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Logan, I believe that you are falling for eloquent words rather than evidence. The "tangents" that Brian is trying to address are part of the many arguments for the existence of a historical Jesus. Earl does a very good job of making himself into a Martyr for the Jesus myth camp. Try reading some other historical Jesus material and you'll see some of the evidence you were perhaps looking for.

Personally, I soured on the debate too, but for the opposite reason. I saw Earl addressing nothing of substance from the "overhead perspective" of the problem. I had somehow expected better. I imagine his insistance on being the maverick against the biased masses is part of what led to his being largely ignored in the scholarly community (lack of credentials not withstanding).

I wish the debate could have been better...

Ish
 
Old 05-21-2001, 08:31 AM   #3
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Quote:
<font face="Verdana, Arial" size="2">Originally posted by Ish:
...I imagine his insistance on being the maverick against the biased masses is part of what led to his being largely ignored in the scholarly community (lack of credentials not withstanding).</font>
The above sentiment could just as easily describe Jesus Christ.

Ish, isn't this a universal human sentiment you're expressing? I could take those same words, as could you, and describe a wide array of people. That sentiment is a piece of all of us. As someone raised Catholic, it identifies quite well with the spirit of everything I was taught to become.

Admittedly, I'm as biased as the next person. But like many, I too have made some amateurish wanderings through the historical record and conclude that the evidence you speak of is just not convincing, and I continue to examine what I can find, and as time permits.

Spong's liturgical theory on the gospel of Mark is quite interesting. Do you see this as a possible explanation of the historical origins of Christianity, or at least a possible piece of the mystery?
 
Old 05-21-2001, 08:46 AM   #4
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Logan,

The problem with Doherty's thesis seems to be that while he can show that Paul saw Jesus as a pre-existant figure not of this world, that has been exactly Christian orthodoxy for nineteen centuries. So Brian's shrug about Earl showing this is hardly surprising or blameworthy. The trouble is that this doesn't mean Jesus didn't exist as a human being and the debate should be on the evidence for that. This is what Brian tried to present and like it or not it comes from the Gospels, Josephus and other sources. As Paul's letters are not much about the historical Jesus (although they include details about him) they should not figure strongly in a debate on that subject.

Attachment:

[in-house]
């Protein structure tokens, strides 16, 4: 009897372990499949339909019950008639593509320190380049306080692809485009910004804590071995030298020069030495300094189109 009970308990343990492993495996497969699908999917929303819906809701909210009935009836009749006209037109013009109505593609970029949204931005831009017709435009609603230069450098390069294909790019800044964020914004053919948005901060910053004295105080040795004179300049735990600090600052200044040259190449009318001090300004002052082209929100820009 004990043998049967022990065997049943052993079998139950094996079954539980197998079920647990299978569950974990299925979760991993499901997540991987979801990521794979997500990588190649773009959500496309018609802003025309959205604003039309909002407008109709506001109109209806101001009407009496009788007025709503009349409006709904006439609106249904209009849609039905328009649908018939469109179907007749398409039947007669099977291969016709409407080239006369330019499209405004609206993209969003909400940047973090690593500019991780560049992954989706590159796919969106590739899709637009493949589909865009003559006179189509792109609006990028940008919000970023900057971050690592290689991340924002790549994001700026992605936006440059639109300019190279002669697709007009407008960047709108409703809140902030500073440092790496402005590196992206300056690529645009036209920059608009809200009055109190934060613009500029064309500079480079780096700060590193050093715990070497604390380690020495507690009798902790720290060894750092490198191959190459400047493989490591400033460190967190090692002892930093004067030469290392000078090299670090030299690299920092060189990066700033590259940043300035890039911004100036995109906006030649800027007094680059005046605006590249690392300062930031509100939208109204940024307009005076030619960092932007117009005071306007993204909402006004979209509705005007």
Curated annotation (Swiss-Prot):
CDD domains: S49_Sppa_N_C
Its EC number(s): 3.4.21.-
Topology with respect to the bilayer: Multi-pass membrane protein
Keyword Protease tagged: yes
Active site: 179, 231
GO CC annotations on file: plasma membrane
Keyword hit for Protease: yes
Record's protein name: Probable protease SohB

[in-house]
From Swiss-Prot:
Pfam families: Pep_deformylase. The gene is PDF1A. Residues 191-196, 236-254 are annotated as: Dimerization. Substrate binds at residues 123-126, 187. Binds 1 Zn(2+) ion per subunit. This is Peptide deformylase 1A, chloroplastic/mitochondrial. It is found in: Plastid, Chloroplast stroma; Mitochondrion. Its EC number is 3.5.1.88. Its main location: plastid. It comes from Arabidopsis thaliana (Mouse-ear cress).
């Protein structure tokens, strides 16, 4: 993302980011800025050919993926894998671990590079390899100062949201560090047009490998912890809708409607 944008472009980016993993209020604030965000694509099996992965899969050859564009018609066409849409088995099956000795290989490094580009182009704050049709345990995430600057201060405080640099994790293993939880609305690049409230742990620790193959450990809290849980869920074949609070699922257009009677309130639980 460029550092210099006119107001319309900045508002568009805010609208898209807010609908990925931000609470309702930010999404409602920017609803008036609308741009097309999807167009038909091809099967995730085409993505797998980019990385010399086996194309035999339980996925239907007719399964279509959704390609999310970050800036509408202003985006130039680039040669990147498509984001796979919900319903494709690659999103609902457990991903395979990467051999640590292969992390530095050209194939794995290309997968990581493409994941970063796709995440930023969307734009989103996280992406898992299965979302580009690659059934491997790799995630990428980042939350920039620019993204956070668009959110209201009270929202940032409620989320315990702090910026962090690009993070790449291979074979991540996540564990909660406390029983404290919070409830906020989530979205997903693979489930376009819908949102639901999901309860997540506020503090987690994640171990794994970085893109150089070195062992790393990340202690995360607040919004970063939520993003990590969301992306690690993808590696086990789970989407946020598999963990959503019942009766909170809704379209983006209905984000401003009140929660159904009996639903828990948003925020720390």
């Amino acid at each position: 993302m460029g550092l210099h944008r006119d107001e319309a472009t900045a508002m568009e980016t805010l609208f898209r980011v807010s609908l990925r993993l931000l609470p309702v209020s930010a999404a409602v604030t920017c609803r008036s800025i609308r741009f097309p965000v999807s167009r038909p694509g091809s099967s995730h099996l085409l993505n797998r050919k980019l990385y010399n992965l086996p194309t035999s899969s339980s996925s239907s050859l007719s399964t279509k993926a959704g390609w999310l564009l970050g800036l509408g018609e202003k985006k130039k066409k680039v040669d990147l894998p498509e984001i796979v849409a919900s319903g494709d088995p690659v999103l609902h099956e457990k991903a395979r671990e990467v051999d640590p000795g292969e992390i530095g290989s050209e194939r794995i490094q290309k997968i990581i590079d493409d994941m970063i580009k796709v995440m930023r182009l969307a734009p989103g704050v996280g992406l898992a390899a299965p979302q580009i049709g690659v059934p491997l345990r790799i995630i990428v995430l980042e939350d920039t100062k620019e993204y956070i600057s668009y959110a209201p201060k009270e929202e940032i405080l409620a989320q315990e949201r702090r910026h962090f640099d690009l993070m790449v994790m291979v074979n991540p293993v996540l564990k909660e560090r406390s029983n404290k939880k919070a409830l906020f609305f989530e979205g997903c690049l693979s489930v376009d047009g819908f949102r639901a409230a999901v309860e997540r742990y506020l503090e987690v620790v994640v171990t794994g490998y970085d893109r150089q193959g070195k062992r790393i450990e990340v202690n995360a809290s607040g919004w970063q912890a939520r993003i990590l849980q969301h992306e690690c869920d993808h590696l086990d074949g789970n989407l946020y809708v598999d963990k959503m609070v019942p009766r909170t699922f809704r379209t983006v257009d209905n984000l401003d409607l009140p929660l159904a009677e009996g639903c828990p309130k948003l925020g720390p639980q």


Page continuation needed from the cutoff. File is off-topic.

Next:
Anyway, Doherty's martyr fixation is something to be picked up on. You and I are not experts on this and must ask why academic opinion amoung Jews and agnostics is overwealmingly against him. He may be the greatest historical visionary since Gibbon but somehow, I doubt it.

In the end, the mythicist position is special pleading piled on high, a massive argument from silence and a carefully selective use of evidence. With those criteria you can prove anything. I put a spoof piece on this board proving Hannibal never existed and to my complete despair some of the fools who post here said it sounded reasonable.

Yours

Bede

Bede's Library - faith and reason
 
Old 05-21-2001, 09:30 AM   #5
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Quote:
<font face="Verdana, Arial" size="2">Originally posted by joedad:
The above sentiment could just as easily describe Jesus Christ.

Ish, isn't this a universal human sentiment you're expressing?
</font>
Sorry, you're right, the particular sentence you quoted wasn't worded in the best way. I guess it was meant to say that he seems to greatly talk up his role as a Maverick against the biased masses.